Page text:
USDA head blatantly campaigning


Officially, the 2004 presidential election kicked off Labor Day. Unofficially, the Bush re-election effort at the U.S. Dept. of Agriculture kicked off the day after Ann Veneman became ag secretary in January, 2001.
Never, say old-timers both at USDA and in Congress, has a USDA boss used Lincoln’s People’s Department so openly and so overtly to promote the White House’s political agenda.
Proof of that fact, they say, arrives every day.
For example, on Sept. 28 Veneman doled out 93 USDA “Renewable Energy Systems” grants totaling $21 million. Two states, Wisconsin and Minnesota, were showered with more than half the grants and half the money, $11.3 million.
Are the two states just naturally blessed with more renewable energy ideas than, say, Indiana or Idaho or could it be that Wisconsin and Minnesota are two big states still up for grabs in the presidential race?
Everything is politics. Some politicking by USDA is to be expected says one 21-year veteran of Capitol Hill.
“After all,” he notes, “everything in Washington is 50 percent politics and 50 percent substance.”
Under Veneman, however, “USDA is 90 percent politics and 10 percent substance,” he figures.
That imbalance came to light in the latest revelation of Bush promotion by USDA.
On the big screen. On Sept. 7, the National Journal’s Jerry Hagstrom reported on an April 20, 2004 PowerPoint presentation by three career USDA staffers to the American Dairy Products Institute and the American Butter Institute.
The first page of the 16-page presentation outlines “USDA 2004 Goals and Objectives in an election year.” It then lists only one goal: “Maximize votes from major dairy states.”
To emphasize that point, the page features caricatures of an elephant and donkey duking it our with boxing gloves.
The presentation’s second page, titled How to Maximize Votes” lists two ways the Bush White House, with USDA’s able hands, will milk dairy states for votes: Keep milk prices “Strong” through “Market fundamentals [and] Supportive policy actions.”
Another cartoon, this one of a man and woman casting “votes” into a “ballot box,” drives home the point of exercise – get dairy farmers to vote for Bush.
The following pages contain USDA data on dairy production, prices, the federal deficit, and the cost of MILC, the Milk Income Loss Contract program instituted in the 2002 Farm Bill to assist smaller dairy farms.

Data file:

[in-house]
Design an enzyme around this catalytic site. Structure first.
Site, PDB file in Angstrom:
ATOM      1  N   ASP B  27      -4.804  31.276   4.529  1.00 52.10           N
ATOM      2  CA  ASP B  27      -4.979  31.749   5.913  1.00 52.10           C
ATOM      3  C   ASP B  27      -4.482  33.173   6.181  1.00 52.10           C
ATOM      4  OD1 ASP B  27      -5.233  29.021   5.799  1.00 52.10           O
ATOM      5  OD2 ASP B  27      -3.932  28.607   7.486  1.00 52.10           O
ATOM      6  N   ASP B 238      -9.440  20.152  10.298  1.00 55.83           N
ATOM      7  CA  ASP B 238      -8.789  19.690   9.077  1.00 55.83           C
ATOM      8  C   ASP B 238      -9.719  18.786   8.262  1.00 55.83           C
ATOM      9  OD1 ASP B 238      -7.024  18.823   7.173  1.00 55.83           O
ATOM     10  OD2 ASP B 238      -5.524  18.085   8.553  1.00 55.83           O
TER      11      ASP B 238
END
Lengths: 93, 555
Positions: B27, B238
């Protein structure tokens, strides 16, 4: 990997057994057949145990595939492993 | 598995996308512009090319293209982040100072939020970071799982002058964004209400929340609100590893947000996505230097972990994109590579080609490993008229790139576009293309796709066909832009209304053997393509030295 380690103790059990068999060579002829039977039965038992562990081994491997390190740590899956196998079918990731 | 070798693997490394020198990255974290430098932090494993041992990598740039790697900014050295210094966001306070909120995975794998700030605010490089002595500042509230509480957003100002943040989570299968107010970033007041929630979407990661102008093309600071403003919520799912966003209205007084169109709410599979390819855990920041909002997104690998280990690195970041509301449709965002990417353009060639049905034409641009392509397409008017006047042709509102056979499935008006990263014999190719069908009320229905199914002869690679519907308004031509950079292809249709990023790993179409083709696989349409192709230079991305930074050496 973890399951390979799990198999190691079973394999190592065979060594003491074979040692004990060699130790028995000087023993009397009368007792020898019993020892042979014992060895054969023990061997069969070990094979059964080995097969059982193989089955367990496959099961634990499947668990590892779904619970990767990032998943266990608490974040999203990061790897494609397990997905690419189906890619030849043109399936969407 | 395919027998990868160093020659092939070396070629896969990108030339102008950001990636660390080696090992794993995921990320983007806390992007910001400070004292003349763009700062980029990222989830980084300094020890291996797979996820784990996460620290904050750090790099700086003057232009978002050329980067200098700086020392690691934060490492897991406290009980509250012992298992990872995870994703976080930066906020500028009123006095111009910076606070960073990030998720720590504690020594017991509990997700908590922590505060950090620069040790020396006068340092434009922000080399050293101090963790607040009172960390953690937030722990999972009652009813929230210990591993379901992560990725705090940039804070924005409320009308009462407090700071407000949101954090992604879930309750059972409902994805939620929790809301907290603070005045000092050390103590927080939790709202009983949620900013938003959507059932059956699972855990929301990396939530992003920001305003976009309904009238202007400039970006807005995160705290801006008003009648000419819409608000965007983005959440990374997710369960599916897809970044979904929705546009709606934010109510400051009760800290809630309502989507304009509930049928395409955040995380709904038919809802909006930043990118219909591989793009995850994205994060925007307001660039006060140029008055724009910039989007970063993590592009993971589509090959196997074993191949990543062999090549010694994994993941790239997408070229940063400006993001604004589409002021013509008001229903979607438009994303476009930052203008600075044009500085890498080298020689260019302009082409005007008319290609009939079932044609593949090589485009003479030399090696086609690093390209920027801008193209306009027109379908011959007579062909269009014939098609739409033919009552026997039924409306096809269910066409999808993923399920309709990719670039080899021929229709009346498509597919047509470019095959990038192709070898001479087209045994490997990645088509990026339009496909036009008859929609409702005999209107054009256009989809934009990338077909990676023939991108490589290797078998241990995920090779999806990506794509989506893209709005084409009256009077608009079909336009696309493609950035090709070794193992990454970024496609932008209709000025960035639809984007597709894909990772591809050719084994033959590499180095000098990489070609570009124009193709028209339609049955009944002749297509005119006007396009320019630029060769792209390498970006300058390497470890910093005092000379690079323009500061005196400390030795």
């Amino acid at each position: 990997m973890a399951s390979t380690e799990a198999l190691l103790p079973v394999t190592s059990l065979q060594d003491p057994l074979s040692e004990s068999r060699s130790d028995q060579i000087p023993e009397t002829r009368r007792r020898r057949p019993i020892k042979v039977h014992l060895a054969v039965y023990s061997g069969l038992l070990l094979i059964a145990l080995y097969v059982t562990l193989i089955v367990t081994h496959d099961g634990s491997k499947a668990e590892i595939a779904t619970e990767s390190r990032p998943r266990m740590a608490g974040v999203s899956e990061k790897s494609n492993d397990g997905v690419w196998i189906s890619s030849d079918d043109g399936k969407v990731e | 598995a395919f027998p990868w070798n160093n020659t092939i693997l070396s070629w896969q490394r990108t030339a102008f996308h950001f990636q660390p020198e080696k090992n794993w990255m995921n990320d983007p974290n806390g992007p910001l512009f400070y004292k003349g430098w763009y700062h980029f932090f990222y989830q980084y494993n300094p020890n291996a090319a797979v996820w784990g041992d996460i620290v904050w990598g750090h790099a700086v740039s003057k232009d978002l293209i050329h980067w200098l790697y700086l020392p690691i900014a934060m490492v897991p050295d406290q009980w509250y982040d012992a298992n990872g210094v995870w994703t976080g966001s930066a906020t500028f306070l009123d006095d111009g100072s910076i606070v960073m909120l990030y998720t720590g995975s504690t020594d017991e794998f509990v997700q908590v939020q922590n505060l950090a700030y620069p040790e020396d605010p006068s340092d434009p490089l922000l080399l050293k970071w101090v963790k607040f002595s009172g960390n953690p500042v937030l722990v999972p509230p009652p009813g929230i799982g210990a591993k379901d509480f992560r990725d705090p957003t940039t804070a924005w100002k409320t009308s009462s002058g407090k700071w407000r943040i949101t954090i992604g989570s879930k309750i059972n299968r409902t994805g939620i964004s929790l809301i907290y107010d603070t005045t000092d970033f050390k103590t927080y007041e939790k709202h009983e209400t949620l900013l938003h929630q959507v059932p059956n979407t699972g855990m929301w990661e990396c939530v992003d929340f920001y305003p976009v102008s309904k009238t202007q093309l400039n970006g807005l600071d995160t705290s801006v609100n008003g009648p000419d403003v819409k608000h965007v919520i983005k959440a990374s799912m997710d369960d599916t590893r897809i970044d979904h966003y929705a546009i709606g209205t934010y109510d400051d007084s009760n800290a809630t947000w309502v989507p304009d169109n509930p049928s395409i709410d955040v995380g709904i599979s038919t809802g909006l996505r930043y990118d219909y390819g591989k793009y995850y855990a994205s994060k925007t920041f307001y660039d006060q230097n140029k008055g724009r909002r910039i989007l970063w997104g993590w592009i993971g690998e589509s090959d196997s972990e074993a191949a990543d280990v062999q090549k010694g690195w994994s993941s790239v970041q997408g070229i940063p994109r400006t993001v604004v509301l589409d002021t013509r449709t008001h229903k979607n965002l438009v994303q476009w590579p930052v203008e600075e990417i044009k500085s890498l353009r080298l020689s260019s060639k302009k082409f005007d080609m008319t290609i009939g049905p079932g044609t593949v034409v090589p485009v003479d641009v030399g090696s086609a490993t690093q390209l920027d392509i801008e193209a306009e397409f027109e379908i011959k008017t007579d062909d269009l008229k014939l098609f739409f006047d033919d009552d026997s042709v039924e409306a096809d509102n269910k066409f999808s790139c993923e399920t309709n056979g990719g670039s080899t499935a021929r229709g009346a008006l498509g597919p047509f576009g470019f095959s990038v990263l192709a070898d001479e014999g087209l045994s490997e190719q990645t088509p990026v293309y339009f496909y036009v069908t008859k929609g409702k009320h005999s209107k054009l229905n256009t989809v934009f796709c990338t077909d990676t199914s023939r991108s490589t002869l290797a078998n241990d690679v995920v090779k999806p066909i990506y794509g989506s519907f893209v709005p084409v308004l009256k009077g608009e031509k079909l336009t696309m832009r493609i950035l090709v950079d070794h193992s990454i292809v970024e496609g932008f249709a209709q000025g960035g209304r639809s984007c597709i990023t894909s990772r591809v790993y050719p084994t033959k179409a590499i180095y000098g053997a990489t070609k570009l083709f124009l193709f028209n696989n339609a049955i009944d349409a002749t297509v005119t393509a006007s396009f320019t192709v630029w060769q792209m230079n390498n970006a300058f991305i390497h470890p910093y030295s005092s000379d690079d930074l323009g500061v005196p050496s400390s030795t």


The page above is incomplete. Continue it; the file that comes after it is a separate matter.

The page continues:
All are supporting evidence for a final page, Election Year Fallout. That fallout, caused largely by “Federal budget deficit,” includes bullet points that will riddle dairy farmers – termination of the MILC program, a “small producer assessment” to take up the slack, “support price decline,” no legislation to slow milk protein imports, and “Another ’tilt,’ ” a rejiggering of the formula to determine U.S. milk prices.
Public outrage. When Hagstrom’s scoop went public, several dairy state congressmen went ballistic.
One, David Obey, D-Wis., and the ranking member of the House Appropriations Committee, wrote Veneman to decry USDA’s role in a public presentation that “reads like a partisan campaign document.”
Obey wanted to know if USDA had plans “to impose a milk tax,” “cut milk price supports” and support an extension of MILC after its September 2005 expiration.
He also asked Veneman “who at USDA approved the presentation” and if it is “fair to conclude that USDA dairy policy will continue to be driven by political considerations


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Alan Guebert was raised on an 800-acre, 100-cow southern Illinois dairy farm. After graduation from the University of Illinois in 1980, he served as a writer and editor at Professional Farmers of America, Successful Farming magazine and Farm Journal magazine. His syndicated agricultural column, The Farm and Food File, began in June, 1993, and now appears weekly in more than 70 publications throughout the U.S. and Canada. He and spouse Catherine, a social worker, have two adult children.